Radiator cap pressure rating

When I bought my ‘62 OTS 3.5 years ago I had a shop install a coolcat radiator. It has been pretty much flawless since over about 15,000 miles. My only issue has been that the radiator top hose (accordion type C12424) leaked two years ago and is now leaking again. It drips down on to the distributor cap which is just great.

I just noticed that I have a cap rated to 16lbs. This seems way to high. Archives indicate people are using 7lb or so and the manual says 4 lbs.

So do I switch to a 4lb cap?


Clearly you do not want a 16 pound cap. I could argue that you need to fix whatever is causing the leak because a lower pressure cap may still leak. Most modern cars manage to maintain 16 pounds and not leak. 7 or 4 your choice, they are cheap.

What Bill said. IIRC, early 6 cyl. cars had a 4 # cap, later, non-aircon cars had a 7 # cap. Aircon equipped cars had a 13 # cap.

Thanks for the replies. Im actually surprised I haven’t had more problems. I’m certainly planning to replace the leaking hose. I’ll try a 4lb cap to start.

The higher pressure caps raise the boiling point helps with overheating I think that’s why they went to 7lb

thermostats when in the 4 lb cap spec were a main reason. The early sleeve bellows stat would not hold up to much more. The boil point with a 50 50 antifreeze is 223, 106 C, but this is at sea level pressure. Pressure adds almost 3 deg F per one lb psi. A 4 lb cap with 50 50 thus about 234 F., about 112 C. and…so on as you add 3 deg per addtl psi. So…if your temp gauge is accurate…boil is beyond the 100C mark…but to be safe, do not allow a temp of more than about 93C. Boil temp can be raised only a tiny a bit by a 70% antifreeze, to 235F, 113C and you LOSE the coolants ability to cool…so it will overheat MORE…thus use 50 50, unless extreme cold in winter. Go back t o 50 50 for summer. Some of the “water wetter” type cooling products can get you 1-4 degrees cooler coolant temp (does not increase boil temp) with anti freeze. Later cooling systems with later type thermostats, water pumps, seals, can use the higher pressure caps as specified in original equipment specs. Nick

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I should be making a book of all this wisdom as it comes across could call it
Why is it so Or things you might want to know before changing things

“Book of wisdom:”: For me it was re the XK120: (maybe someone has done similar for the E-Type ??) I Had that thought 25 years ago, and since then, I have the “book”…but it is not a book, but is my 25 years in the making collection of thousands of web and forum posts, comments, articles and data on the XK120-140 150 maintenance, problems, fixes, including many mechanical parts photos, loosely organized in folders by mechanical sub systems, ie distributor, cooling, cyl heads, intake manifolds, exhaust, interior. Also photos of the XKs of many around the world. AND…the full set of the XK range of Factory Service Bulletins. I have the files on USB, and many that can be sent via email on individual systems but the collection is of course too large a file. I will soon have copy USBs that can be sent out. Some files can be sent via email or email cloud links. SO…for XK120 140 150, `Use the message feature to me. Nick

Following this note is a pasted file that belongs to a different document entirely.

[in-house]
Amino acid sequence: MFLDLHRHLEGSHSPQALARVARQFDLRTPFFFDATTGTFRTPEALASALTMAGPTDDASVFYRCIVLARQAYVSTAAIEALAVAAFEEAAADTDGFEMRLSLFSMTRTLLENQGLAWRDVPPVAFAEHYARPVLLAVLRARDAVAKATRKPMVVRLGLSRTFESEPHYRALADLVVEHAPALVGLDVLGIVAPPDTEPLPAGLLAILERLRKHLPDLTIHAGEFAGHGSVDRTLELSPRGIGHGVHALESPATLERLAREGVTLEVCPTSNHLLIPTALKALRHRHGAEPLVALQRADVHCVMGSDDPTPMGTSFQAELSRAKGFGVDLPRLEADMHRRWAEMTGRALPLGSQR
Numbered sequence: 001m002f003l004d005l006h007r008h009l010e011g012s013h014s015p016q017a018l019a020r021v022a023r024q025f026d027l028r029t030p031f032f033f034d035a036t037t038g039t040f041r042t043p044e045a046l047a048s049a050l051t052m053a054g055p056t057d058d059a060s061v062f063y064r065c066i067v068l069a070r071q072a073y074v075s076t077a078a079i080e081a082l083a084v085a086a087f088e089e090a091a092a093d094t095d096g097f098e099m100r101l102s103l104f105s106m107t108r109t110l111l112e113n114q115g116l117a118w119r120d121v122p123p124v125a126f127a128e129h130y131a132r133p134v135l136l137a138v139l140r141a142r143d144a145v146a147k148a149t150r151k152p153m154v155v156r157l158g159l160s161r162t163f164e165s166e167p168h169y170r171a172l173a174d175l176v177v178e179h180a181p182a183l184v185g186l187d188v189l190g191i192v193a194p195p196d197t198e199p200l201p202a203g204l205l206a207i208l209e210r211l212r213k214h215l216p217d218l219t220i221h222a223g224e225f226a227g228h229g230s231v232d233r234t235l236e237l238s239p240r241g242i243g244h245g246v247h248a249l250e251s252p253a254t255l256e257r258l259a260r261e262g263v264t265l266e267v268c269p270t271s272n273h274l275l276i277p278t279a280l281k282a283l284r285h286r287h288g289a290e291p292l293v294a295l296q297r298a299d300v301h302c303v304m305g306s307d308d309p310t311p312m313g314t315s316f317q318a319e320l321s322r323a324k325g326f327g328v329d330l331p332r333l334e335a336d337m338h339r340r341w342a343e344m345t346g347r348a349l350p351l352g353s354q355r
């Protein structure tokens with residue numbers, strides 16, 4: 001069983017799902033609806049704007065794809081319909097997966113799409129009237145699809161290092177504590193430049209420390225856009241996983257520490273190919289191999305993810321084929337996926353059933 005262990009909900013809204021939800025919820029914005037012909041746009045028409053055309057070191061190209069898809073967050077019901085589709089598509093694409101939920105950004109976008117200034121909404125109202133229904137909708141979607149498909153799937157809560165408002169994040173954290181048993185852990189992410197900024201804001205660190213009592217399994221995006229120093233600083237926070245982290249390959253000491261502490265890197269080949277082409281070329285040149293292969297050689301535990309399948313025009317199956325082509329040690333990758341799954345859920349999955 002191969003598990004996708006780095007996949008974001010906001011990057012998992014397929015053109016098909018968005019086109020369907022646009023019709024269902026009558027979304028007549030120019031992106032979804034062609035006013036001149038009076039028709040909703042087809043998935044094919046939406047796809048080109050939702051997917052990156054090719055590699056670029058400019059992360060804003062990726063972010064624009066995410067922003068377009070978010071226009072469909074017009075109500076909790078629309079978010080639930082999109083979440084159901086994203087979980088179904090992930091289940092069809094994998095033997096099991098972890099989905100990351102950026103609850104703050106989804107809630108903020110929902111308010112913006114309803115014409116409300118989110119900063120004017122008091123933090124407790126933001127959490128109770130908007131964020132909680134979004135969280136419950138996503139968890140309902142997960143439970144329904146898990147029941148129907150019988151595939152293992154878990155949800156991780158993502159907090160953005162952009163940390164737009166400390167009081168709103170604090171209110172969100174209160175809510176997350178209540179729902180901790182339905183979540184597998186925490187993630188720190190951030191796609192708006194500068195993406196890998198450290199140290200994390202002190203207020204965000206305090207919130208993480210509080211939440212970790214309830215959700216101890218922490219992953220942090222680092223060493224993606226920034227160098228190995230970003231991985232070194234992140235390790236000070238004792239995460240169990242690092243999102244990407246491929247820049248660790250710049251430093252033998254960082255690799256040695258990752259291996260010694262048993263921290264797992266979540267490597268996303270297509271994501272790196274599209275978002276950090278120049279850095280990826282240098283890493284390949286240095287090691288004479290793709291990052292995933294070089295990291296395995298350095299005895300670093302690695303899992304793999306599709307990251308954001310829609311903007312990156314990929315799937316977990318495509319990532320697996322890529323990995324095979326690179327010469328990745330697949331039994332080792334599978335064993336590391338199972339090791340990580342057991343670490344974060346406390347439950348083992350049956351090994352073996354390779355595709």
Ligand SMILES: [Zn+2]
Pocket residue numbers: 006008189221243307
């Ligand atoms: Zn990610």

Just to clarify some of these points:

Bellows thermostats were charged with alcohol. The vaporization point of the alcohol determined the opening temperature. In the same way that pressure raises the boiling point of coolant, it also raises the boiling point of the alcohol charge in the thermostat. If you ever reached a pressure of say 13lb, the added pressure would prevent the alcohol from vaporizing and the thermostat would close. As a result, the system is limited to an absolute maximum of 7lbs, and less is actually better. Later on, Jaguar began using more modern wax thermostats which are less affected by pressure.

The boiling point of various glycol mixes is shown in this chart:


If you’re running the same mix winter/summer, then you have to consider freeze point depression, which works differently:


The problem with overly rich antifreeze mixes is that glycol has a lower specific heat than water, which means you’d be running hotter. And then we can debate whether running hotter matters if you don’t boil over. That answer may depend more on oil temperature than water temperature:


Thanx Professor!
Is the quiz still scheduled for Monday??

HAHAHA … I’m totally lost.
So does all this mean my 4lb cap in the S1 4.2 with no AC is OK or should I get a 7lb cap?

It depends on the thermostat. S1 3.8’s used the old fashioned bellows thermostat, which was sensitive to pressure… The S1 4.2 used a thermostat that’s NLA, and no exact replacement made today. It was a wax thermostat with a sleeve bypass. The closest thing available is SNG 3731/1, which is a cut down Land Rover thermostat. As long as you have a wax thermostat of any configuration, you can go with a higher pressure cap, even the 13lb cap used for S2’s with AC. Read about it here:

Thanks for all the help & info Michael.
As always, greatly appreciated.